We finally found the beach. It wasn’t quite as pretty as the pictures I had seen online. I knew it would be rocky but there was a lot of debris on the beach (not trash but plant material). The view though was beautiful and I went in for awhile even though it was very cold. Some of our group spent most of their time jumping off a dock into the water.
It had taken us 40 minutes to walk to the beach and we really did not want to walk back too. While we were eating gelato, I had talked to a woman who was waiting for a bus back to Como. So I knew there was a bus stop by the gelato shop. My son in law and I figured out the schedule and bought the tickets from the tobacco shop. My feet really appreciated the bus ride back into town.
We realized while we were at the beach that we were going to miss the last regular ferry back to Bellano. The next ferry was a fast ferry and would be 6 Euros more for each of us. So we decided to take the ferry to Varenna and eat dinner there and then afterwards take the train back to Bellano.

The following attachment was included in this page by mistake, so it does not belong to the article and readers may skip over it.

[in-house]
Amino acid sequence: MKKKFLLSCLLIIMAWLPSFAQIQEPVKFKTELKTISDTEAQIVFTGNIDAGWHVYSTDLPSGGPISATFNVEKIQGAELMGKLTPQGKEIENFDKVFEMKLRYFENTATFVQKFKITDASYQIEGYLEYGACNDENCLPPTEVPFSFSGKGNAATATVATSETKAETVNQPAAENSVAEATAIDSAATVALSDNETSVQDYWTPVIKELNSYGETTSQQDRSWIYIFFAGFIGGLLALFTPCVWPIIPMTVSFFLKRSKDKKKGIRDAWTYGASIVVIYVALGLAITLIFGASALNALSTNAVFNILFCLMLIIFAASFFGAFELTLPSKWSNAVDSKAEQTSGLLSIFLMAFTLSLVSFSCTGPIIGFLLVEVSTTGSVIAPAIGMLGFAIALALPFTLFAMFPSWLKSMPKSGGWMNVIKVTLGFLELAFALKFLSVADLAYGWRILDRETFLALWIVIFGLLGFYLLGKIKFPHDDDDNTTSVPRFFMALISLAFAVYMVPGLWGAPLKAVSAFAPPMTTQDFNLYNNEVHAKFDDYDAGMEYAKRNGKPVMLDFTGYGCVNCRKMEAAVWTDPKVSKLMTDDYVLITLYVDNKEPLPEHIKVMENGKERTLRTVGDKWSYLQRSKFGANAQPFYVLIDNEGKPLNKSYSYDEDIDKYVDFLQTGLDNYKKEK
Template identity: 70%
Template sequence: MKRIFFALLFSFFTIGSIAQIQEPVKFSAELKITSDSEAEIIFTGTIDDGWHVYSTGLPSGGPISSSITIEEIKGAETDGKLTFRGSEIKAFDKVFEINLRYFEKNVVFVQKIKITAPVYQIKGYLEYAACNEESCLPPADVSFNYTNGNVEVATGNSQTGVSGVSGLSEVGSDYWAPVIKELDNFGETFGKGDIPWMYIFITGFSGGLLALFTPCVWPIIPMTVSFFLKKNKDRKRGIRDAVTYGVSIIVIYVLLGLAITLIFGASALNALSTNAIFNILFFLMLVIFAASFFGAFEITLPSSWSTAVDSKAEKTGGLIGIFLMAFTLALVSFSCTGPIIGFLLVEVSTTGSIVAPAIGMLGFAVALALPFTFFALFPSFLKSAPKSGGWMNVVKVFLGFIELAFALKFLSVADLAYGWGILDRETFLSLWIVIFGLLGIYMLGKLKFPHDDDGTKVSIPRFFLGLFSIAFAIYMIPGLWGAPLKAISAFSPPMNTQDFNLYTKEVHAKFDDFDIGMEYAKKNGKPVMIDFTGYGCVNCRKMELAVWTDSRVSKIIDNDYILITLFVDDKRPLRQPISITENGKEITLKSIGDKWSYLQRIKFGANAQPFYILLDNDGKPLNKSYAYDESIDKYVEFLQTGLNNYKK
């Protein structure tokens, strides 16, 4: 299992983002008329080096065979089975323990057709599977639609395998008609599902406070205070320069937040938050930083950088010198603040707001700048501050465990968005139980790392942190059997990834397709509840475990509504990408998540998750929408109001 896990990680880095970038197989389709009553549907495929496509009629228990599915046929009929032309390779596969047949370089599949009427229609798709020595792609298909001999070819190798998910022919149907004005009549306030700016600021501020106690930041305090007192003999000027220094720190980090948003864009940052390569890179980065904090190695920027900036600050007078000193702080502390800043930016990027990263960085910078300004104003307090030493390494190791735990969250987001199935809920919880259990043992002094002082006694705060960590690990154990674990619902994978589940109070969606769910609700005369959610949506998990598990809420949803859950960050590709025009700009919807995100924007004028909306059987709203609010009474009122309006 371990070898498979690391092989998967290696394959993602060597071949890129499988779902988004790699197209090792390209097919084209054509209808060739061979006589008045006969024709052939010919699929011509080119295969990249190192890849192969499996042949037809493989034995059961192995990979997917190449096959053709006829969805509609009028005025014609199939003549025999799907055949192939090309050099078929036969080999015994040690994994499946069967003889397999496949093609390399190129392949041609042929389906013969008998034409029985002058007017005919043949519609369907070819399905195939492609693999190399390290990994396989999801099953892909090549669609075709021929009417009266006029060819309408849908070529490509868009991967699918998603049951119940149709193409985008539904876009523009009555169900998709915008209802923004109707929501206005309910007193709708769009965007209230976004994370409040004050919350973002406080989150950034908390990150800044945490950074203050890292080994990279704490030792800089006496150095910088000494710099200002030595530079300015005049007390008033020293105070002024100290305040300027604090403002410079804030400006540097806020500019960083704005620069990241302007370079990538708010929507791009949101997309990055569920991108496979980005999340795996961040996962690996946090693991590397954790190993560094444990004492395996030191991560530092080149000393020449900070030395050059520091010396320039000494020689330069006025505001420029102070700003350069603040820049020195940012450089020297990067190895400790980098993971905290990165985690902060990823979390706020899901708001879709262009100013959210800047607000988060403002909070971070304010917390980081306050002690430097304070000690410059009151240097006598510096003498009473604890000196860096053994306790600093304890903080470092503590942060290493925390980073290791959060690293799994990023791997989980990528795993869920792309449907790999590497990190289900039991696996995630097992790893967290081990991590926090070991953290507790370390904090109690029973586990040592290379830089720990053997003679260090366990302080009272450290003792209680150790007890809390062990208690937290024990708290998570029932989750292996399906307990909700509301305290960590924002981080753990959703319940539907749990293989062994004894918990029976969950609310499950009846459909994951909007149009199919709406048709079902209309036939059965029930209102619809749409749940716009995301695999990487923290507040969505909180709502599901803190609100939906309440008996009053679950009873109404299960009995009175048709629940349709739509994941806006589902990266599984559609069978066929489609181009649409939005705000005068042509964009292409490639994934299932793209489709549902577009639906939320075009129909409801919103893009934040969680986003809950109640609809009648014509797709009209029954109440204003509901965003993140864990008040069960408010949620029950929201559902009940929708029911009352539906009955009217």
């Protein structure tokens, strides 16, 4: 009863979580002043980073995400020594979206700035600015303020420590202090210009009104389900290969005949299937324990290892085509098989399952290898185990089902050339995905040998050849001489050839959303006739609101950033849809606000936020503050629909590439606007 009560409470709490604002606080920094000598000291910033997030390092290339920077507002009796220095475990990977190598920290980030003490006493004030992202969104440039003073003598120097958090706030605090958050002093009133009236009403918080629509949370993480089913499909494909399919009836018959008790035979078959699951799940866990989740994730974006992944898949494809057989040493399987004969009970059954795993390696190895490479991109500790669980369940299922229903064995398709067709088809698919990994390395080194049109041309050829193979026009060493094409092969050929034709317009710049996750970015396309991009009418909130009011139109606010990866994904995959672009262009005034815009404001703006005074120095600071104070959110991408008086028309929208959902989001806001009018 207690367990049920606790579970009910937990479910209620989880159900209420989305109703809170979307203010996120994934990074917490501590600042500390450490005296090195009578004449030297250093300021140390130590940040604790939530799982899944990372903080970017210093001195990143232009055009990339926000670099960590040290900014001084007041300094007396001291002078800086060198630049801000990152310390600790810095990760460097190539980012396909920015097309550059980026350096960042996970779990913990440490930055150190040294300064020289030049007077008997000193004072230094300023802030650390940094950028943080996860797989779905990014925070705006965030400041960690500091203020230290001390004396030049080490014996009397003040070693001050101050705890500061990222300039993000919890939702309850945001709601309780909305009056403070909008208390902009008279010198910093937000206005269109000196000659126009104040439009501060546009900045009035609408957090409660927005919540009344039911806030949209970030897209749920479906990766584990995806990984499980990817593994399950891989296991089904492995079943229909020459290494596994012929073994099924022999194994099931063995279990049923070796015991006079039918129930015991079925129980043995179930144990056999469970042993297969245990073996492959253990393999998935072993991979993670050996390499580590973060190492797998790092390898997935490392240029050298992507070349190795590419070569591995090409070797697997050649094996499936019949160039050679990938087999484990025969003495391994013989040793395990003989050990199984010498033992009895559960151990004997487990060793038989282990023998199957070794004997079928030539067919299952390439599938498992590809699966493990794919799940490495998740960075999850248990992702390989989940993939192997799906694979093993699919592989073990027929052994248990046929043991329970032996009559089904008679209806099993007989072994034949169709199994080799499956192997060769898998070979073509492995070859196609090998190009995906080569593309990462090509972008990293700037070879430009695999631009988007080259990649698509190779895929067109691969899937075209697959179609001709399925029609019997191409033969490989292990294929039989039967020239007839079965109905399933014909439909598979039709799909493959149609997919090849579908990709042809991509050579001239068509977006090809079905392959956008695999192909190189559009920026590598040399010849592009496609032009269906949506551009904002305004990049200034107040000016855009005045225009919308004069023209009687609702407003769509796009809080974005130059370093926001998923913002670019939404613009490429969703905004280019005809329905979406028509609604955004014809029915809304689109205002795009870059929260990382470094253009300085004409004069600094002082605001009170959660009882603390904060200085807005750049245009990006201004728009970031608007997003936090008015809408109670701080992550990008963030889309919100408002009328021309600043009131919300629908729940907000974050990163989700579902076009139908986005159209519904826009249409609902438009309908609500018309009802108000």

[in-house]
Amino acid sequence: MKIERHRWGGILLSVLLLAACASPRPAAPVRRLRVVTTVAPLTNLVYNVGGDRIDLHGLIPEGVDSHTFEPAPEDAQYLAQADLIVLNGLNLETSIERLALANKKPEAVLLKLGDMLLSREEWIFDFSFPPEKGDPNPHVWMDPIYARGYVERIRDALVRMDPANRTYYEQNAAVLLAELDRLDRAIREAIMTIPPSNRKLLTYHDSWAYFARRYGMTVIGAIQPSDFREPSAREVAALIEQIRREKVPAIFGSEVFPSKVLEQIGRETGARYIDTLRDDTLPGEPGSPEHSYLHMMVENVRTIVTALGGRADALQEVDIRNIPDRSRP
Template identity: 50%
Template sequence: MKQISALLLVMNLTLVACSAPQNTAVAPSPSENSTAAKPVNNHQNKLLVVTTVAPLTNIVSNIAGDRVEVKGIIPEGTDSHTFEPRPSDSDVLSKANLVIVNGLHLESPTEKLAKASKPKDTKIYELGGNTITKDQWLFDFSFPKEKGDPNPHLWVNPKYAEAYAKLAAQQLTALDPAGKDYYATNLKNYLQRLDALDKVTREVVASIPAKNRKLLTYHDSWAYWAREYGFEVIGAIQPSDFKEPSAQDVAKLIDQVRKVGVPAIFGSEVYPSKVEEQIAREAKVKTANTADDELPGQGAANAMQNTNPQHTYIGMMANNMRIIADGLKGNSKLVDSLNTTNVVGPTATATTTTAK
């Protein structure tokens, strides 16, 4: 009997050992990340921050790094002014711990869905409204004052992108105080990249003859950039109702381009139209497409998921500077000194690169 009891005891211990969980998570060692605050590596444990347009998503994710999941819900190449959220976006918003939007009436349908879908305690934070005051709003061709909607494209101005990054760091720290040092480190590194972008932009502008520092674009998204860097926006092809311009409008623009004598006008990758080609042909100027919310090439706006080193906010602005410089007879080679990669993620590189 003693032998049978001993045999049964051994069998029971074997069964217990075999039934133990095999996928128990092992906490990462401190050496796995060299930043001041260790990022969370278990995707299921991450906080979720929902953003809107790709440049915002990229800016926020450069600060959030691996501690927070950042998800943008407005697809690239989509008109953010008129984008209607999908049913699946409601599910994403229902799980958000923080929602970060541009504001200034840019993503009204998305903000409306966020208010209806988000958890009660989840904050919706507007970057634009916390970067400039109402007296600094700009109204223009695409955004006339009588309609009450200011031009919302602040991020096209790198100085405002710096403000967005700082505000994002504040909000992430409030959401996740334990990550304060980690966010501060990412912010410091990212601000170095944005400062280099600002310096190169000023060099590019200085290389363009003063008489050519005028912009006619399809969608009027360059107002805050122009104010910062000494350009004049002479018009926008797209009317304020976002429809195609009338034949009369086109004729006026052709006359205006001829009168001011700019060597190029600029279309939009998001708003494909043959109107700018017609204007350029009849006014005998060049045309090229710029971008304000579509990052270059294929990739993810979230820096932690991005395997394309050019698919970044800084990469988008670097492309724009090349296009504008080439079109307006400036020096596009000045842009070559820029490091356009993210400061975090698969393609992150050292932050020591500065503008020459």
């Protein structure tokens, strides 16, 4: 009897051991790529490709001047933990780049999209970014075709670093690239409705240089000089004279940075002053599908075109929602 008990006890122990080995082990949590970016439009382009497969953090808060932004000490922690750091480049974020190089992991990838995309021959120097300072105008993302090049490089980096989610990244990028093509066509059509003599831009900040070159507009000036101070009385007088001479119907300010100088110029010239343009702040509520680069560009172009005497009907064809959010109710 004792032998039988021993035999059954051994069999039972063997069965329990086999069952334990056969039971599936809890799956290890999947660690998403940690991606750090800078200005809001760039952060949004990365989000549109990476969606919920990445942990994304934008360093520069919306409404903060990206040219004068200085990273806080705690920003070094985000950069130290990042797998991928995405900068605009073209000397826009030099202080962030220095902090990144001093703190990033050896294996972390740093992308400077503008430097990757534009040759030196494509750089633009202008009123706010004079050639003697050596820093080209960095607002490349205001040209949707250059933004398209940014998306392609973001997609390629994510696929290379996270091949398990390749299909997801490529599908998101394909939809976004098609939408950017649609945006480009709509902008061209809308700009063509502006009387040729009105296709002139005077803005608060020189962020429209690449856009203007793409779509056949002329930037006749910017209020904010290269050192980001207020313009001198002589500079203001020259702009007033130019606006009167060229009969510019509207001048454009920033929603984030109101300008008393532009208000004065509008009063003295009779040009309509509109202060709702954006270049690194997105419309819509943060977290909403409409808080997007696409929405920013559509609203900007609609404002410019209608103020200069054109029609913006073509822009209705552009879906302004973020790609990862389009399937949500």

We ate by the water which was super touristy. The food was decent but not exceptional. I had seen a different place that looked better in my Rick Steves guidebook but I couldn’t pull it up on goggle. I wasn’t sure if it had gone out of business or not and didn’t want to drag a hungry group to the middle of town to a restaurant that might not exist.
Afterwards, we walked around town and made our way to the train station. We liked Varenna a lot, even though it was a bit touristed. We liked it better than Bellagio, which seemed a bit more assuming. Personally, I think it has the best location because it is on the train line and the mid lake ferry shuttle. But accommodations are limited for a larger group, and I had looked here for our 2020 trip and did not find any more than I had this year.